A similar problem persists throughout Snyder’s Watchmen, a movie that I believe is not that bad on the whole, but is ultimately weighed down by stupid decisions. Its fundamental flaw is its own unwillingness to engage with the spirit of the original text. The entirety of the film’s genre deconstruction involves placing the characters in gratuitously bloody brawls and graphic sex scenes, whilst missing out on the real meat of Watchmen – the commentary about forfeiting our agency and delegating the safety of the world to a small group of vigilantes. Snyder’s interpretation even espouses sympathy towards Ozymandias and Rorschach, both of whom are characters meant to demonstrate the fascistic implications at the heart of the superhero genre.
Perhaps one might charitably insist that his intentions were lost in translation. However, Snyder’s obsession with making Watchmen “look cool” is at odds with the tragedy of its characters and, when the visuals and the written narrative are at odds, what’s on screen supersedes the intentions of the script, whatever they may be. That’s not subversion, it’s unintentional tonal dissonance. It’s actively a step away from Moore’s intent.
The original Watchmen is very precise in its use of violence. It has quite a few brutal deaths in the first few issues, but it never presents any act of violence as a disposable event. It is quite restrained and realistic, right up until those first pages of the final issue where rows of dead bodies are splayed across Times Square in blood-drenched piles. In the movie, the effect is a generic, blockbuster city destruction sequence, the kind Hollywood churns out on a weekly basis.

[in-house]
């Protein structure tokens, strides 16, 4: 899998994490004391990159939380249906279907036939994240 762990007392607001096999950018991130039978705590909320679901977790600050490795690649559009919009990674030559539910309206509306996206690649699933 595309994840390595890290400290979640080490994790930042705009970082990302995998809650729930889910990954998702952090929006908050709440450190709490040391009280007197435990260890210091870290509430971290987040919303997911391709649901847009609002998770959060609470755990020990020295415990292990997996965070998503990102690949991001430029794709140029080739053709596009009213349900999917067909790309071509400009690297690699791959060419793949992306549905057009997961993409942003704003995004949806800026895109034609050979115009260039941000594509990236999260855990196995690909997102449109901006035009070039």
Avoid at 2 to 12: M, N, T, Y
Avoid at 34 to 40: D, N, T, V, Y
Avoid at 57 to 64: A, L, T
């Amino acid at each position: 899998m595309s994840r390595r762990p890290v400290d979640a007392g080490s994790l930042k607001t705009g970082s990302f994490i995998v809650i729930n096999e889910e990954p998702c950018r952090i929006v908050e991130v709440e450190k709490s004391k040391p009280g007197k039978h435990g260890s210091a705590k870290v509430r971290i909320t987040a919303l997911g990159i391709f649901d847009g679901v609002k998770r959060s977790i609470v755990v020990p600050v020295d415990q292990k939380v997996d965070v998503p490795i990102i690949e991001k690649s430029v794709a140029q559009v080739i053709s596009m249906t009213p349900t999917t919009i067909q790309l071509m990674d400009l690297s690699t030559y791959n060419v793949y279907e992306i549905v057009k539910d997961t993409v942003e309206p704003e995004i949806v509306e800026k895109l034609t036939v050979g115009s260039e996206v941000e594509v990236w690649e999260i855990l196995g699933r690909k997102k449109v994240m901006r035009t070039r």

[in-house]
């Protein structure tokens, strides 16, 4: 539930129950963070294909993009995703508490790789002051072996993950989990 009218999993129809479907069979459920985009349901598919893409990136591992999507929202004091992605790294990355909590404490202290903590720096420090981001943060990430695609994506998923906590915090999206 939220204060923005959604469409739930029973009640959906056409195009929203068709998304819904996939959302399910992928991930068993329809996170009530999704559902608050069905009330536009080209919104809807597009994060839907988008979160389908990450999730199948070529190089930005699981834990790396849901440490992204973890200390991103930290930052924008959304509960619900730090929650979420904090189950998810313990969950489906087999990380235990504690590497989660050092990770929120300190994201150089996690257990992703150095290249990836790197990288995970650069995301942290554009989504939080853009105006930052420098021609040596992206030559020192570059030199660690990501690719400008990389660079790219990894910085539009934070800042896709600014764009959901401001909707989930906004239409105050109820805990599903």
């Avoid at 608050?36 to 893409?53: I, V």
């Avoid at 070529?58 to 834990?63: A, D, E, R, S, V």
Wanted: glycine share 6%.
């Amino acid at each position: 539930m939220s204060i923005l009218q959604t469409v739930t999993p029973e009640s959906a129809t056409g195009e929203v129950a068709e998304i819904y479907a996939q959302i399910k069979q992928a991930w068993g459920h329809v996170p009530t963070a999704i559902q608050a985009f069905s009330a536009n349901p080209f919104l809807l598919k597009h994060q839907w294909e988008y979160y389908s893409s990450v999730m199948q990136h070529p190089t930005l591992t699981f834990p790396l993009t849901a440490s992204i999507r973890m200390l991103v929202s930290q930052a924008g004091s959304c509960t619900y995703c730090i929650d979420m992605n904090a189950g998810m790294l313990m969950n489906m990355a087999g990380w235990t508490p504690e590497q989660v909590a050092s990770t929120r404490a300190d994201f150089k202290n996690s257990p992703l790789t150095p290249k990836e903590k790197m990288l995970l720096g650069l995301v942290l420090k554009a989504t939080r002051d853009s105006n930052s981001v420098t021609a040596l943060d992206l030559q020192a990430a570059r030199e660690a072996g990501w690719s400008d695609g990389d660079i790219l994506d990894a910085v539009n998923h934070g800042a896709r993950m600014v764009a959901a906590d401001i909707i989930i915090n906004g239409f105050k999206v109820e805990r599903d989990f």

That’s not even getting into the issue of what Watchmen was actually deconstructing. Watchmen is firmly about comic book medium and its core techniques, just as much as it is about the superhero genre. Therefore, any adaptation of Watchmen would have to be about the medium it was being adapted to and its core techniques (and no, simply putting nipples on Ozymandias as a nod to Batman & Robin is not enough).
Both BvS and Watchmen have their defenders. I’m not here to judge taste but rather to clarify that there’s a particular excuse for these movies’ reception that needs to be taken out to pasture. When it comes to discussing these films, a particular line of argumentation persists. In both these cases, the fact that they purport to be deconstructive is used to wave away their inherent problems and obviate the murderous, callous nature of the protagonists. However, the word “deconstruction” is not a magic spell that convinces people that a movie is beyond criticism. Deconstruction must have a goal and should not be subversion for the sake of subversion.
Death of the Auteur’s Vision